On School Visits, Diversity and YA Books

Last week I was fortunate enough to be invited by  Walnut Road, a local elementary school here in Surrey, BC to talk to students in Grades 6 and 7 about my book and the writing process. Since this was my first visit to a school I wasn’t quite sure what to expect so I thought I’d share my experience and how I prepared for it.

First of all let me say what an amazing experience it was. The staff and students were extremely welcoming and I couldn’t have asked for a better audience. The students were polite and attentive but best of all they were very interested in reading and writing which made all the difference in the world. They had a lot of pertinent and thought-provoking questions and most of them liked the YA Paranormal genre. Many of them pulled out books they were reading and it was great to see that they carried these books around with them. Since they had recently finished their creative writing unit they also had a lot of questions about the writing process including editing and publishing.

Afterwards I mulled over why I had enjoyed my visit and what had made it successful. Here’s what I came up with.

Engage the students

If they get bored, then you’re pretty much just talking to an empty room. I started by asking them what kind of books they liked and by mentioning some book series similar to mine. They immediately perked up and began to call out books they loved. I knew a lot of them and so I asked them about specific characters and shared what I liked about them. There is nothing better than watching a roomful of 12-13 year olds with eyes sparkling as they talk about books. Really…it’s priceless.

Tell them your story

I gave them a brief idea of what my book was about and that got the conversation flowing. They wanted to know how I came up with the idea, how long it took to write the book and if there were going to be more. I also loved that they talked so enthusiastically about their own writing projects.

Ask them what kind of books they wish they could read

They were thrilled to read a story with diverse characters and we discussed the importance of reading diversely and exactly what that meant. I was blown away by their insightful comments on why we need to broaden our selection of books.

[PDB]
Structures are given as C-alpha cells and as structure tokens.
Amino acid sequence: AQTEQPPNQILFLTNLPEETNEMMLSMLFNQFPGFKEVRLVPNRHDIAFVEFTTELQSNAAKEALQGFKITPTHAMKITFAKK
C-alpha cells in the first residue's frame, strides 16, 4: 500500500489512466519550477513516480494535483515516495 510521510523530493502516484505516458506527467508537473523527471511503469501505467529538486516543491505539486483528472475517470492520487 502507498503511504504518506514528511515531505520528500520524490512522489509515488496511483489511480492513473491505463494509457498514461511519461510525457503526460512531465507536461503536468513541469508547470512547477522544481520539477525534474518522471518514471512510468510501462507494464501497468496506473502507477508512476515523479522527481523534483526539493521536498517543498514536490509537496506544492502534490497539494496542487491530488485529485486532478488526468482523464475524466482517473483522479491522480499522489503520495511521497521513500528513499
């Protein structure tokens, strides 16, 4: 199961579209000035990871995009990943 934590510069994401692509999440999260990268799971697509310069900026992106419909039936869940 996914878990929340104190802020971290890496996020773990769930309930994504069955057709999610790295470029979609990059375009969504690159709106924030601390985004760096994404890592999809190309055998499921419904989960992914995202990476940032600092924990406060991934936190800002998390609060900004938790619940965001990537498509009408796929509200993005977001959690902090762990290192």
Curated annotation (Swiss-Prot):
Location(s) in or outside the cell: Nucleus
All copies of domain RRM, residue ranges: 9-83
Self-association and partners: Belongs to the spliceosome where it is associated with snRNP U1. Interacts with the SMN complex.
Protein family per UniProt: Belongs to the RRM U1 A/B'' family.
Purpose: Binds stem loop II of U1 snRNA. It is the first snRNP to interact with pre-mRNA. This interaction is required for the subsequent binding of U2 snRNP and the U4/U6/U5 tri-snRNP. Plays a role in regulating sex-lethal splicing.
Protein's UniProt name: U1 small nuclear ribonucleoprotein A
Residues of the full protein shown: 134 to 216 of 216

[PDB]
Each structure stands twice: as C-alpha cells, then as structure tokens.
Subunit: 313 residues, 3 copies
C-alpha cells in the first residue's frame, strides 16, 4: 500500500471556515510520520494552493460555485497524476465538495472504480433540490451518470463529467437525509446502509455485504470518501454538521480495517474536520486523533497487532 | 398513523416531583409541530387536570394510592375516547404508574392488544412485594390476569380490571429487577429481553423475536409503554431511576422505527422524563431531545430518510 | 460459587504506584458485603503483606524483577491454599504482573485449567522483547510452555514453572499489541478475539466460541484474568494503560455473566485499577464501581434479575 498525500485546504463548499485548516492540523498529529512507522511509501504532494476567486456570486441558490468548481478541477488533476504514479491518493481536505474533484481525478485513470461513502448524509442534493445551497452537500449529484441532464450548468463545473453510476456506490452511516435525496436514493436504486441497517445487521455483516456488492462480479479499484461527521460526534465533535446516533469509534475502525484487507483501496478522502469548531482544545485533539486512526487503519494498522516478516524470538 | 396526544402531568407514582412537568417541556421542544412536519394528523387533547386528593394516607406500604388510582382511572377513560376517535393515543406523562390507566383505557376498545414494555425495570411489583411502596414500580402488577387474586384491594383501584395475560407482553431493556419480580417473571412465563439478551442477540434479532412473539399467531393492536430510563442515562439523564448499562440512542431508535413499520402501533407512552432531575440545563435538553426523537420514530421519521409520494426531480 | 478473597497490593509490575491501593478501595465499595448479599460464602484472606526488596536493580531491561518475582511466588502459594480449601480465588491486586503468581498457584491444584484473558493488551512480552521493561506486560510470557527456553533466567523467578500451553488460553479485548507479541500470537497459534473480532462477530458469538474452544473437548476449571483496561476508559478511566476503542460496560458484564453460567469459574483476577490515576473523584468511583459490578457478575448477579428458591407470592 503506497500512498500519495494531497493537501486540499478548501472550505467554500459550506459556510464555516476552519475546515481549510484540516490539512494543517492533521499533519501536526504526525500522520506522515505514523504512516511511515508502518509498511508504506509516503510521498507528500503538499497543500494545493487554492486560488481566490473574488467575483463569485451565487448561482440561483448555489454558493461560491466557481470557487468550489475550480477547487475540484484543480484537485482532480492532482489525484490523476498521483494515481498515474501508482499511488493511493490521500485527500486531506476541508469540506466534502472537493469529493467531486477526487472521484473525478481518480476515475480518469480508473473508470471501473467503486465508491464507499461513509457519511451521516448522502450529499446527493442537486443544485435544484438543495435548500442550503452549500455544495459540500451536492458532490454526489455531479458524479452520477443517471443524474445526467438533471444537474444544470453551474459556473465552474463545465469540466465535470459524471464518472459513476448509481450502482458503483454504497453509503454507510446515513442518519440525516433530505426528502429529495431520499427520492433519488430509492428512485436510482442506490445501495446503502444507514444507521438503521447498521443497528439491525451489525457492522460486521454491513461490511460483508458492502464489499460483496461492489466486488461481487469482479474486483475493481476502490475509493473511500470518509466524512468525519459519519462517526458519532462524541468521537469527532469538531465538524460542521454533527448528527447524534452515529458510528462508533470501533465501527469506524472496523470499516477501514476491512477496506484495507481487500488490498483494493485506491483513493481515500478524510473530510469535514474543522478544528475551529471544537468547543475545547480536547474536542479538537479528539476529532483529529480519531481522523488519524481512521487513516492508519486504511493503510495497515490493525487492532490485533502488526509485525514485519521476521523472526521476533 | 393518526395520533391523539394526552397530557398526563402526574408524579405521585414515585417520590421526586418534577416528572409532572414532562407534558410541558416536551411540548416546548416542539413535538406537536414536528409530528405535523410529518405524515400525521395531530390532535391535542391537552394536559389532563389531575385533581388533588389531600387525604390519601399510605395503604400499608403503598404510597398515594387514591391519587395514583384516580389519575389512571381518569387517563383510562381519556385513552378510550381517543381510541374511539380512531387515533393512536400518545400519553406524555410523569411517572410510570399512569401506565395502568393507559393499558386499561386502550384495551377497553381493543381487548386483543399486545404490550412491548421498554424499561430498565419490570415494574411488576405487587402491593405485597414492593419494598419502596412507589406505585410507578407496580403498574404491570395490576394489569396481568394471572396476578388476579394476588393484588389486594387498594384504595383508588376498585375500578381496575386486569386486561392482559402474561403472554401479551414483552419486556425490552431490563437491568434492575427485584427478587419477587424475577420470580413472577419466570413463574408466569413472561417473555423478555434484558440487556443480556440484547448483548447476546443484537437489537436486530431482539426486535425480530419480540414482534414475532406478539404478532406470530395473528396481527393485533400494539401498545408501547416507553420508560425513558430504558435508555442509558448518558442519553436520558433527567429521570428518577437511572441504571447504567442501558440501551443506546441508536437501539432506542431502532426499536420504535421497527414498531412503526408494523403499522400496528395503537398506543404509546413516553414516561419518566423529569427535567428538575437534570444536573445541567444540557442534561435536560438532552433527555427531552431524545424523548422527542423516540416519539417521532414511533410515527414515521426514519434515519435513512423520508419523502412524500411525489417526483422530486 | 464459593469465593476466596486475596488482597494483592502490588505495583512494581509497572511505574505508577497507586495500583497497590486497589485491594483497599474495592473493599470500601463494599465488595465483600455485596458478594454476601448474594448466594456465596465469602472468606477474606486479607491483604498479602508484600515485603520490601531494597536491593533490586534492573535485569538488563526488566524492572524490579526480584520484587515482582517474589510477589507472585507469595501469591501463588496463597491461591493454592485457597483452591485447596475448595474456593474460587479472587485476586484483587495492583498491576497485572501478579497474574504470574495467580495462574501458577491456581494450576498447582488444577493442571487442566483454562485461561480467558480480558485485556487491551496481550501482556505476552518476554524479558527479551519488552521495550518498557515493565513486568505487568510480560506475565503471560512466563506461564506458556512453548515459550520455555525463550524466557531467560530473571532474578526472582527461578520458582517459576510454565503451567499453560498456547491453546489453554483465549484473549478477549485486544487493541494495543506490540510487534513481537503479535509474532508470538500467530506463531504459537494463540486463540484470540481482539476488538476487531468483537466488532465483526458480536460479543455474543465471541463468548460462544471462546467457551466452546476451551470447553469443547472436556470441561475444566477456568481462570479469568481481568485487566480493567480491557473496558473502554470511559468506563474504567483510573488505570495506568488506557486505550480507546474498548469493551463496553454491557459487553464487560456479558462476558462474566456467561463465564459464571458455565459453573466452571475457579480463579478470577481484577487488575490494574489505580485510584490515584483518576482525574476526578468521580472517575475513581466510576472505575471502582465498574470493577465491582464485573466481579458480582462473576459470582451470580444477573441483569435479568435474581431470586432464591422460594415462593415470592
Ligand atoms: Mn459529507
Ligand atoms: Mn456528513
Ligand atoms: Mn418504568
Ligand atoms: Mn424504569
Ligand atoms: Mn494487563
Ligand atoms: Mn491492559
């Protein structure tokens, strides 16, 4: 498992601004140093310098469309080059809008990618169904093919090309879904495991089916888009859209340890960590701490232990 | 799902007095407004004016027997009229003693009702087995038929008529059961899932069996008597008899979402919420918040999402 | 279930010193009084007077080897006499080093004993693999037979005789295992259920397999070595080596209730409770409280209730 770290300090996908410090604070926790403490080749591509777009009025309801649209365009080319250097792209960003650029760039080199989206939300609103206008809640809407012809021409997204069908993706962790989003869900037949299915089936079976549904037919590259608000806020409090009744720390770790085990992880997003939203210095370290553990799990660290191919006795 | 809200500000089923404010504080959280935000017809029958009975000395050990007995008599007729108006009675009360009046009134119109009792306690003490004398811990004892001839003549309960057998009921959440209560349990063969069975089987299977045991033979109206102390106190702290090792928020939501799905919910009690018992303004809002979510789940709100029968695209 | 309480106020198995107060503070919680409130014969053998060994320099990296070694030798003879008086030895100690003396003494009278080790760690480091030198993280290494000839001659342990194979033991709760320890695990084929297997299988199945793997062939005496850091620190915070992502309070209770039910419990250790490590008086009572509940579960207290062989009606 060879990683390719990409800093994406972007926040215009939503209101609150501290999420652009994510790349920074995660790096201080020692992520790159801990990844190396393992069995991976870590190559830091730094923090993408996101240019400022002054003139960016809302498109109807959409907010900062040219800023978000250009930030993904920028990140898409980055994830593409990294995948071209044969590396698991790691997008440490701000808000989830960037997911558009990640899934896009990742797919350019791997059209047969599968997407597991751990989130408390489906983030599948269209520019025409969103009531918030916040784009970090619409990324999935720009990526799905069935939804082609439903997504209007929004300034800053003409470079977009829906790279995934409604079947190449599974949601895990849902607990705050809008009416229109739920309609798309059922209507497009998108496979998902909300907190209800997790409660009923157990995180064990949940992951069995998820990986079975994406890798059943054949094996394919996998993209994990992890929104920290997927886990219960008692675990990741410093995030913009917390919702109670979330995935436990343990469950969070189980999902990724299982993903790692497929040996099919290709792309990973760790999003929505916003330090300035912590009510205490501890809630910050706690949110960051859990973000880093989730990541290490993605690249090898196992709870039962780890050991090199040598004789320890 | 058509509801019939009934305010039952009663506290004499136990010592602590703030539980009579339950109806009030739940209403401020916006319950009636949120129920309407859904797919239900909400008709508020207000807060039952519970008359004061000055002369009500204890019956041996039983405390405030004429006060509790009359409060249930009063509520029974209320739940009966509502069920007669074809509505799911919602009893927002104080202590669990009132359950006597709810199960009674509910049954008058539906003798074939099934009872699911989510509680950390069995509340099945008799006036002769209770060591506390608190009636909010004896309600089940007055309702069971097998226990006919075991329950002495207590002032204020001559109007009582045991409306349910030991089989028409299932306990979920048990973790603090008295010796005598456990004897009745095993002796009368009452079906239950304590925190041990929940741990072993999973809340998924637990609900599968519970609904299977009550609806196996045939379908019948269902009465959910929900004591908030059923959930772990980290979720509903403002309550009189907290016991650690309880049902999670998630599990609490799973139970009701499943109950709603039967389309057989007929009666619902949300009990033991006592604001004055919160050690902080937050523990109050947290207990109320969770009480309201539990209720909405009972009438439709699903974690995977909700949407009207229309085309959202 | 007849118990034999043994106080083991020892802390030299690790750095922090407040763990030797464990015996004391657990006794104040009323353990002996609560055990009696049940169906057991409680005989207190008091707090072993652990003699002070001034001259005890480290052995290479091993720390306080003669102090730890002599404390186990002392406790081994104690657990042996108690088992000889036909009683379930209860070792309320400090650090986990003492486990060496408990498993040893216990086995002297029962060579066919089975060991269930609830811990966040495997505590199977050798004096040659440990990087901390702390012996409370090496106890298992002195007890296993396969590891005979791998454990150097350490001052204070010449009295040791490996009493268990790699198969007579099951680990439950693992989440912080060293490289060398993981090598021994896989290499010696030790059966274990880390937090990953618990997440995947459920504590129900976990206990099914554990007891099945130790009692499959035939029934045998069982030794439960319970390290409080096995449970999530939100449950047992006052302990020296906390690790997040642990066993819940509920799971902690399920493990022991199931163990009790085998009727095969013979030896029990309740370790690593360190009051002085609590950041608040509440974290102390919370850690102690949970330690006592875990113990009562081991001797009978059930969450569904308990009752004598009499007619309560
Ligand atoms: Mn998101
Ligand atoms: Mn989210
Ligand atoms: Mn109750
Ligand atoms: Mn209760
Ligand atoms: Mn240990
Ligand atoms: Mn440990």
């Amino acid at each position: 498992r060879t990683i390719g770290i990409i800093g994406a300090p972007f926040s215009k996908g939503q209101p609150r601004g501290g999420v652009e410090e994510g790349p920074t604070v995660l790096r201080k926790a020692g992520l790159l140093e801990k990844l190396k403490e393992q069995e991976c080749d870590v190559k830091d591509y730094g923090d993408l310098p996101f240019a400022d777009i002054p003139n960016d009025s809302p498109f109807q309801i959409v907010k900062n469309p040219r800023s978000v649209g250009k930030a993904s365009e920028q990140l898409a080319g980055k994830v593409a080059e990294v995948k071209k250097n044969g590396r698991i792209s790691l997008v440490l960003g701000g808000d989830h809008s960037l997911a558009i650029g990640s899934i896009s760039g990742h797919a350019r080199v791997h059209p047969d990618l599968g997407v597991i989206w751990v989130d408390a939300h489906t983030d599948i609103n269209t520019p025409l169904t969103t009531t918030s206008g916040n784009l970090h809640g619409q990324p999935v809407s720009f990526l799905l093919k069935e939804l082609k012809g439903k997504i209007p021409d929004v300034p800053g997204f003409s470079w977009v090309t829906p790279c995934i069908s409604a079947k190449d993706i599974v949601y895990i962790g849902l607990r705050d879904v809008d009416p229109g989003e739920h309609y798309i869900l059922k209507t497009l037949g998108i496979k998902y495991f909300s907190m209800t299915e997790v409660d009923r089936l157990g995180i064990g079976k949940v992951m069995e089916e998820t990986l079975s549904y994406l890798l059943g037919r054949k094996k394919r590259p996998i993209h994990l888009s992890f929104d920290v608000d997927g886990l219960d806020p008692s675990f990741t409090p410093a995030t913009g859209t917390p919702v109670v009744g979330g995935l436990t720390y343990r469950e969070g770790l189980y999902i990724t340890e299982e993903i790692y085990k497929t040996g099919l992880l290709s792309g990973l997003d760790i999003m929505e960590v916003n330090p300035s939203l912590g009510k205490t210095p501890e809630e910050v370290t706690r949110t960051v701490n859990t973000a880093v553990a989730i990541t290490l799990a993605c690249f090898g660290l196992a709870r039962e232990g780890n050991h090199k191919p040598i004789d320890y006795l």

Tell them about writing programs and festivals that are available to them

The students were surprised to hear about the many opportunities there were to learn the craft and how many fun events were taking place close to home.

I am so glad that I had the opportunity to talk to such a diverse and talented group of students. They showed me their creative writing projects and I was very impressed by the talent. It was gratifying to see that many of them pursue this in their spare time and are excited to learn more.

Best part of the visit? A week later I was asked to pick up something  from the school office. When I brought it home I was completely choked up. The student had hand written individual letters telling me what they thought about the visit. I couldn’t even get through half of it without getting all teary eyed.

So, if any of you are thinking about visiting a local school and talking to the students about writing and about your book, don’t hesitate. Make that call, set up an date and I am positive it will be one of the best experiences in your life as a writer.

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